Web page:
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‘No jab, no job’: COVID vaccines made compulsory for Fiji civil servants


Fiji mandates COVID vaccines for civil servants

Agency Report

A “no jab, no job” coronavirus policy went into effect in Fiji on Sunday, with unvaccinated public servants forced to go on leave as the Pacific nation joined a number of countries in imposing similar mandates.

A stubborn outbreak of the highly infectious Delta variant that started in April ended a yearlong spell of no community transmission of COVID-19 and has overwhelmed Fiji’s healthcare system with more than 40,000 cases.

The government has argued that mandatory vaccinations are necessary to raise immunisation rates and end the outbreak.

After a period of forced leave starting Sunday, Fiji’s public servants who remain unvaccinated by November will be dismissed.

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In addition, employees at private firms could face fines and companies could be forced to stop operations over vaccine refusals.

A growing number of nations are making shots compulsory in critical sectors such as health and public services.

From Canada and the United States to Zimbabwe and Saudi Arabia, authorities in a growing number of countries have moved to require workers in hospitals, schools, travel and public services to get a shot or face varying levels of disciplinary action.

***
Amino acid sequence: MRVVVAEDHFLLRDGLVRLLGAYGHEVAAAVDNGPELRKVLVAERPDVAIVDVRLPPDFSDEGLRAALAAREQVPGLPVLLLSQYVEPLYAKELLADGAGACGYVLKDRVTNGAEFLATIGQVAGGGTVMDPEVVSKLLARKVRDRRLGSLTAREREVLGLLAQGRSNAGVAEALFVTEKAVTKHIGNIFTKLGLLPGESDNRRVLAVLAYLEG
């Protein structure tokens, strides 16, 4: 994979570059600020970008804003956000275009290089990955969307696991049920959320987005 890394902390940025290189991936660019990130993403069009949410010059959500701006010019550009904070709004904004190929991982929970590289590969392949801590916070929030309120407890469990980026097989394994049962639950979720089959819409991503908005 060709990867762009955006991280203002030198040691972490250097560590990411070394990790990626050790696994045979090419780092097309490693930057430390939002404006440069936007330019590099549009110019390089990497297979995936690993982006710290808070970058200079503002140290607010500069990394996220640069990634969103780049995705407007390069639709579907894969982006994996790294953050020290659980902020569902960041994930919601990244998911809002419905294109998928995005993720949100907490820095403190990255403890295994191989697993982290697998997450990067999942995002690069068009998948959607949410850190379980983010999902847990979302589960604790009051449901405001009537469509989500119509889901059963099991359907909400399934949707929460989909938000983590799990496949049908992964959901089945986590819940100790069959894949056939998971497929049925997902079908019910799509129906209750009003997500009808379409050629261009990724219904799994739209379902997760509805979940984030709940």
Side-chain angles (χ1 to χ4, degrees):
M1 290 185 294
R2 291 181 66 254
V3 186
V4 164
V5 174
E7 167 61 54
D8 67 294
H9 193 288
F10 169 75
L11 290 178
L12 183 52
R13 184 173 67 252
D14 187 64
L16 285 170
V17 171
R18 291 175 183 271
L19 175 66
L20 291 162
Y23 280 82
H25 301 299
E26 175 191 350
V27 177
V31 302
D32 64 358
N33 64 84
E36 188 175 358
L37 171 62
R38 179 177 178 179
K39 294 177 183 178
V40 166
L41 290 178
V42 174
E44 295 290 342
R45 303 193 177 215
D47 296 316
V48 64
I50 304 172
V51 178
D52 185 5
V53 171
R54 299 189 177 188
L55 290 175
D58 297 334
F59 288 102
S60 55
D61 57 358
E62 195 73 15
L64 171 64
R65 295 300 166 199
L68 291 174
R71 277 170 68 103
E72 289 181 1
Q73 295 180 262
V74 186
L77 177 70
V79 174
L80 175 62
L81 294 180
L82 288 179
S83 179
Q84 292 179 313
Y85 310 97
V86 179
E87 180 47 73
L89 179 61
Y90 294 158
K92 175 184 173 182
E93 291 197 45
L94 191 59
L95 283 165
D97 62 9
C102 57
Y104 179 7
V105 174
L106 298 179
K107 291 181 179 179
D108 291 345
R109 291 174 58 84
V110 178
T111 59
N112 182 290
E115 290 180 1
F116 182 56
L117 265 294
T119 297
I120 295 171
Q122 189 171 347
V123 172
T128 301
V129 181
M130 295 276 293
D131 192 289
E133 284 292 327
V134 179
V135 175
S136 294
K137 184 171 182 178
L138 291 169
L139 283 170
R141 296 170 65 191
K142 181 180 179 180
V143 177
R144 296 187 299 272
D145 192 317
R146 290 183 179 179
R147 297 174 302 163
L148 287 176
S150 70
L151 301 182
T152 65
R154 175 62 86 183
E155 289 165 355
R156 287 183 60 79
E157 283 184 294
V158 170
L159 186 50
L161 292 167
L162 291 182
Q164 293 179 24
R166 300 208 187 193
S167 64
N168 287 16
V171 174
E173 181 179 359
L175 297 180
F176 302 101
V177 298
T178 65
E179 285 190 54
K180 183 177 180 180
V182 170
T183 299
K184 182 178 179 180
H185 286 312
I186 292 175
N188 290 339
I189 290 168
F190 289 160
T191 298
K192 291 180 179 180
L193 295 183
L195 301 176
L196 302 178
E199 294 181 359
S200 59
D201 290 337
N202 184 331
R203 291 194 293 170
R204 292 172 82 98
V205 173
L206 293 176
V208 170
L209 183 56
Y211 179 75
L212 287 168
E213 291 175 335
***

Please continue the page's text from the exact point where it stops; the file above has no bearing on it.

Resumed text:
Despite intense political opposition in some nations such as France, governments and experts say mass vaccination is one of the most potent weapons to help end the pandemic and end the economic suffering brought by restrictions such as lockdowns.

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Legal expert and former head of the Fiji Human Rights Commission Imrana Jalal said other countries had mandated compulsory vaccinations in various critical sectors, but not on the sweeping scale imposed in Fiji.

The island nation’s economy has been hammered by the pandemic-induced collapse of the tourism industry, with unemployment soaring as a result.

The government has dismissed the lockdown option because of its high economic cost and rising poverty in the nation of 930,000.

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With more than 24,000 still-active cases and 358 deaths, its resources are stretched as military-style field hospitals handle the overflow of patients — especially after the virus swept through densely populated squatter settlements.

Despite the crisis, authorities are facing deep vaccine scepticism fuelled by misinformation spread on social media and by some religious leaders.

They have also been criticised by some opponents who argue that a vaccine mandate is a violation of their rights.